Best's-Great-Western-Thomson-Family-Shiraz-1998-1500ml
bests-thomson-family-shiraz-1998-1500ml
Best's-Great-Western-Thomson-Family-Shiraz-1500-box

Best's Great Western Thomson Family Shiraz 1998 (1500ml)

Sale price$750.00
Grampians, Victoria, Australia

Style: Red Wine

Variety: Shiraz

Closure: Cork

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Best's Great Western Thomson Family Shiraz 1998 (1500ml)

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, usually ready in 2-4 days

Burke Road
Camberwell VIC 3124
Australia

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Producer: Best's Wines

Country: Australia

Region: Grampians

Vintage: 2001

Critic Score: 97

Alcohol: 14.5%

Size: 1500 ml

Drink by: 2040


It’s rich and full but remarkable in its own brooding magnificent way. Excellent length. A little more time needed. Ripper - Gary Walsh

Best's Thompson Family Shiraz is one of the truly great wines of the world. The wine is made predominantly from fruit off fifteen rows of pre-phylloxera vines planted by Henry Best in 1868. These rows that comprise the Thomson Family block are the oldest Shiraz vines in the historic Concongella Vineyard. Today the shiraz clone is referred to by the CSIRO as the Concongella clone or the Best's Old Block clone and it is the mother clone of all subsequent shiraz plantings at Best's Great Western.

Best's Thompson Family Shiraz is also one of the rarest with production being minuscule. In addition, it is only released in exceptional vintages. Sadly the ancient vines are slowly dying off, so the production slowly decreases with time. Some younger material from mature vines in the Concongella Vineyard (grown by cuttings taken from the old block) is included in the wine. That the wine is not 'stretched' with younger material is self-evident given the number of years it is not made at all, and that 2200 bottles were made in 2014, compared with (for example) 4200 in 2010. However, there will come a time when the wine will be no more.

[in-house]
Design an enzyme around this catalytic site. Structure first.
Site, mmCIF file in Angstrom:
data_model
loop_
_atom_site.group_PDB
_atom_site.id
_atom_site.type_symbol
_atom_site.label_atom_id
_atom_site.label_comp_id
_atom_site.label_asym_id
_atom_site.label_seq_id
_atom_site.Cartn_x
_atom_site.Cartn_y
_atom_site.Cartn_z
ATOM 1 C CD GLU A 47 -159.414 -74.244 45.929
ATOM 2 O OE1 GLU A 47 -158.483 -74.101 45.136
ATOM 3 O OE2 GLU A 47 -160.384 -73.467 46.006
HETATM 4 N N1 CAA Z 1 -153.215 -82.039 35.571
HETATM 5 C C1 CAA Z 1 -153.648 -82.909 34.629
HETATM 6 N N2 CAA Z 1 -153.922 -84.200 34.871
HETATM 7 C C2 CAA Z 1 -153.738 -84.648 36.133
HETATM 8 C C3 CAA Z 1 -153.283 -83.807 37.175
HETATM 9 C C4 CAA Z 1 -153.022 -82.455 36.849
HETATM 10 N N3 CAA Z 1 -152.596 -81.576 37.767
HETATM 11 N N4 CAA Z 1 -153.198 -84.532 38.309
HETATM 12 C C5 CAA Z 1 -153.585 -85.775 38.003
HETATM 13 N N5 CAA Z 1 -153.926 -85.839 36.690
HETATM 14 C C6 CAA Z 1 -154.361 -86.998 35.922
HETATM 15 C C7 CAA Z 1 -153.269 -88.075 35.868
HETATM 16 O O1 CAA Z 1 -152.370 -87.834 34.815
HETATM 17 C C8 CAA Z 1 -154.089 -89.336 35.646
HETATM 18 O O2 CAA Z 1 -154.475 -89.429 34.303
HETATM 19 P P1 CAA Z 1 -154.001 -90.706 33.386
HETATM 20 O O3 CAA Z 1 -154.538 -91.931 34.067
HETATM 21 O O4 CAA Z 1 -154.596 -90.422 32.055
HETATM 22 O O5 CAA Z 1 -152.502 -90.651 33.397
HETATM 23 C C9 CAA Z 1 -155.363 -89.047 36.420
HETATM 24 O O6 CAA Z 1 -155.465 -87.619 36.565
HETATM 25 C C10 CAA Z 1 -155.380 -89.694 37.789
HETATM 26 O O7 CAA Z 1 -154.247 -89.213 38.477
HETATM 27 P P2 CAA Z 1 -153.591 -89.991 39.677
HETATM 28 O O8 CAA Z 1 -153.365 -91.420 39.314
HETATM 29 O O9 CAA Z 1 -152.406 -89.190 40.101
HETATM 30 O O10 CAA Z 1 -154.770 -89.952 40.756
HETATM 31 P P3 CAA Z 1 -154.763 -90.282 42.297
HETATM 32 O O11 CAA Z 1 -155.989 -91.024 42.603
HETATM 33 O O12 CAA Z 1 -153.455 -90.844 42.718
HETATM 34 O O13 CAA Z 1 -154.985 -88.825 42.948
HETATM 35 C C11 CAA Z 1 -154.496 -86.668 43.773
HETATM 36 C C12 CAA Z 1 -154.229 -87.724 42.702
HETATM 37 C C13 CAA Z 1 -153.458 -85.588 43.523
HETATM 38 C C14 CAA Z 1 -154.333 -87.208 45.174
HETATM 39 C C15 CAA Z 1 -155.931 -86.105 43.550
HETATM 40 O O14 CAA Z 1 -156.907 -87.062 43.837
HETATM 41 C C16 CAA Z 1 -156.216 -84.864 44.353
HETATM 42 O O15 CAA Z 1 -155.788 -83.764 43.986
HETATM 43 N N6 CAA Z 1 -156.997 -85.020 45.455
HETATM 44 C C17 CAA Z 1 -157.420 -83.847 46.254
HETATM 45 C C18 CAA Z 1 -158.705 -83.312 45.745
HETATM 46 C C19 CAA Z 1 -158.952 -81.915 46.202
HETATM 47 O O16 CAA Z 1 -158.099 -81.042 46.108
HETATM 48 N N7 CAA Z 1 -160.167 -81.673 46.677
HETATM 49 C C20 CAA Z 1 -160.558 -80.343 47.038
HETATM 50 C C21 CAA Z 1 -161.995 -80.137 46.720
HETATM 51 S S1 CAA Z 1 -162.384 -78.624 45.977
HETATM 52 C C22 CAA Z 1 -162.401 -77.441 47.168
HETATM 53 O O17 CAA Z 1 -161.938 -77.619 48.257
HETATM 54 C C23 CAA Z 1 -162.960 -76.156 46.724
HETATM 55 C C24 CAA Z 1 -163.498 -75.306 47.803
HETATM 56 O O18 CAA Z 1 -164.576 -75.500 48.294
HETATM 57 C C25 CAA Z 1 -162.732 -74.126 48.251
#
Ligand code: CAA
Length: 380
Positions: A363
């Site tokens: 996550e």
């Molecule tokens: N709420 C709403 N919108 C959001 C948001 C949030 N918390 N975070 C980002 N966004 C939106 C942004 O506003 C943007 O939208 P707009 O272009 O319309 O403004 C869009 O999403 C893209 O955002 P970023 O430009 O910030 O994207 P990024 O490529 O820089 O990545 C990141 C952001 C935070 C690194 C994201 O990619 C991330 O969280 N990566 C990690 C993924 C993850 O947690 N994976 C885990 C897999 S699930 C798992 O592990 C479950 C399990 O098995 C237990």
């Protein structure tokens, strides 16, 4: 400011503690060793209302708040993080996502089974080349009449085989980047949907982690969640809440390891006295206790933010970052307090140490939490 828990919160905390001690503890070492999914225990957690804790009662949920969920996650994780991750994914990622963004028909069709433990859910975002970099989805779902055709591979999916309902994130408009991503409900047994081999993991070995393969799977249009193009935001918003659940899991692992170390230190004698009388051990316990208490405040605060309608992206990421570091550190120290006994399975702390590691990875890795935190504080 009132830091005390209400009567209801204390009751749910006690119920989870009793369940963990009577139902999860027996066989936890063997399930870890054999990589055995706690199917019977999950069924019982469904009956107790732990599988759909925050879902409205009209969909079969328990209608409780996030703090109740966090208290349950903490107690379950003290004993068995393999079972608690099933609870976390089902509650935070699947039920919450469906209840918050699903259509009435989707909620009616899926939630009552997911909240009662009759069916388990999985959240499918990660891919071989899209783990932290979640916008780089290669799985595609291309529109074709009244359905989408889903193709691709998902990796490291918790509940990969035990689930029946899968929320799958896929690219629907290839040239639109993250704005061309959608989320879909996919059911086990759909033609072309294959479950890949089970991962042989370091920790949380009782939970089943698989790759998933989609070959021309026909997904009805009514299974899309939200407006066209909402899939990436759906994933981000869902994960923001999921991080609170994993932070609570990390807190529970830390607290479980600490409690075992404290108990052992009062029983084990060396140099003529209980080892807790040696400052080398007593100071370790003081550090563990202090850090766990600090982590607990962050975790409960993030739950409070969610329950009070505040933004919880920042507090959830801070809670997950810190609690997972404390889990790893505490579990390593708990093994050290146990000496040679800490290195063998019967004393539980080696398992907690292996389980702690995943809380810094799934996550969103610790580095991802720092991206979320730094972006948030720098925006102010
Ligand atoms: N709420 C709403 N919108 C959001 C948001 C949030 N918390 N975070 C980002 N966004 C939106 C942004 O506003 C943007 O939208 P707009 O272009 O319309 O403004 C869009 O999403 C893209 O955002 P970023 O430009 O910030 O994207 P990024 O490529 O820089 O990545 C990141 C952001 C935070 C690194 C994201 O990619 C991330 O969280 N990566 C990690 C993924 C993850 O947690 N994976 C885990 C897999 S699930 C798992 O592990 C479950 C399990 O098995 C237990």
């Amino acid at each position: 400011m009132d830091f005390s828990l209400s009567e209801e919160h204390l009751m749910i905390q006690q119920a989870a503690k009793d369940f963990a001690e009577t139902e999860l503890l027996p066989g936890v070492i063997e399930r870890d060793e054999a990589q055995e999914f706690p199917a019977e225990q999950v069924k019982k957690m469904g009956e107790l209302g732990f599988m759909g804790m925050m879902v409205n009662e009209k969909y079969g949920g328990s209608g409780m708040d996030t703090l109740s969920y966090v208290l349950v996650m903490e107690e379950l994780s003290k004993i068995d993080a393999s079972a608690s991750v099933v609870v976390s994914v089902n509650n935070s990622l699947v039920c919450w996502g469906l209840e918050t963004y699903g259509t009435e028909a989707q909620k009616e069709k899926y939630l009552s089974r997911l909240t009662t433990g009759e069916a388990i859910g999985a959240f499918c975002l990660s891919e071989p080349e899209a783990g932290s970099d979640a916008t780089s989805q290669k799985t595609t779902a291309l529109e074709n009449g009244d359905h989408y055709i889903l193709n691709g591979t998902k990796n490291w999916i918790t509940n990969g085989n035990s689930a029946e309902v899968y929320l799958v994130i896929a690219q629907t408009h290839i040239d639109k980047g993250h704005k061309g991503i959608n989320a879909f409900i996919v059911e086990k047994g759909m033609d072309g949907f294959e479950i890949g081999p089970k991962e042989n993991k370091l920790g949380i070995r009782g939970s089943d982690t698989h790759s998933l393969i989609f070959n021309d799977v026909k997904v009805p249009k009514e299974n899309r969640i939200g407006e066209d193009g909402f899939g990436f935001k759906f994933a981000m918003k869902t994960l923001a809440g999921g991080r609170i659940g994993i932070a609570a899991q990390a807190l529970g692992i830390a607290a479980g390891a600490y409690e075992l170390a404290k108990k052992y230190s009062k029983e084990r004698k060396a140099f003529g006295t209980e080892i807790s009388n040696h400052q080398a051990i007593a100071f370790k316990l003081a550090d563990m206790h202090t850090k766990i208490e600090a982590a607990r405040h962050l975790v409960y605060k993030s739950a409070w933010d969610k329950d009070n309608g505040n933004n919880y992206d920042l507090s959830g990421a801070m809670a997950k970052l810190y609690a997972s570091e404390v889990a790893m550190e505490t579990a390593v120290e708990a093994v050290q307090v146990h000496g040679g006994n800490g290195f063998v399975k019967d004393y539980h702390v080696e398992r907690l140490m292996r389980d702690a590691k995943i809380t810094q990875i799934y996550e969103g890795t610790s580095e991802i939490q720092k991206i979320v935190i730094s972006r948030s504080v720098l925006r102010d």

"A complex bouquet with sweet, dark cherry/plum fruit supported by excellent oak balance and integration; the palate is rich, intense and deep, yet elegant, and handles the alcohol with ease."  James Halliday

Jeremy Oliver allocates the highest possible ranking of 1 to only three Australian shiraz - Penfolds Grange, Henschke Hill of Grace and Best's Thomson Family. Of the Thomson Family he says: "Sourced from some of Australia's oldest shiraz vines, this wine is about intensity and purity of dark, spicy fruit, style, elegance and a wonderfully tight-knit and fine-grained backbone."

Expert reviews

"Medium to full red-purple; a complex bouquet with sweet, dark cherry/plum fruit supported by excellent oak balance and integration; the palate is rich, intense and deep, yet elegant, and handles the alcohol with ease. 315 dozen made."  James Halliday, Halliday Wine Companion – 97 points

"There's plenty of cedar/vanilla oak (better quality than younger vintages), liquorice and chocolate and masses of dark fruit. Less spice than some years. It's rich and full – fatter and less structured than 1997 – but remarkable in its own brooding magnificent way. Excellent length and a satisfaction. A little more time needed. Ripper. Drink: 2011 - 2020+."  Gary Walsh, The Wine Front - 96 points (Tasted Oct 2009)

"A very good but riper and slightly jammier expression of this remarkable wine. There's a trace of hotness in this briary, spicy shiraz whose intense raspberry and sour-edged dark cherry flavours are accompanied by a hint of prune. It's smooth and sumptuous, rather robust and chunky, perhaps lacking the length, fineness and tightness of the 1996 edition."  Jeremy Oliver – 93 points

Thomson family block

Best's Thomson Family

The dry-grown vines of the historic Thomson Family block comprise fifteen rows of pre-phylloxera vines in the Concongella Vineyard that were planted by Henry Best in 1868. In great vintages, all the fruit goes into the Thomson Family Shiraz. If the fruit doesn't make the grade, it is used selectively in Bin 0.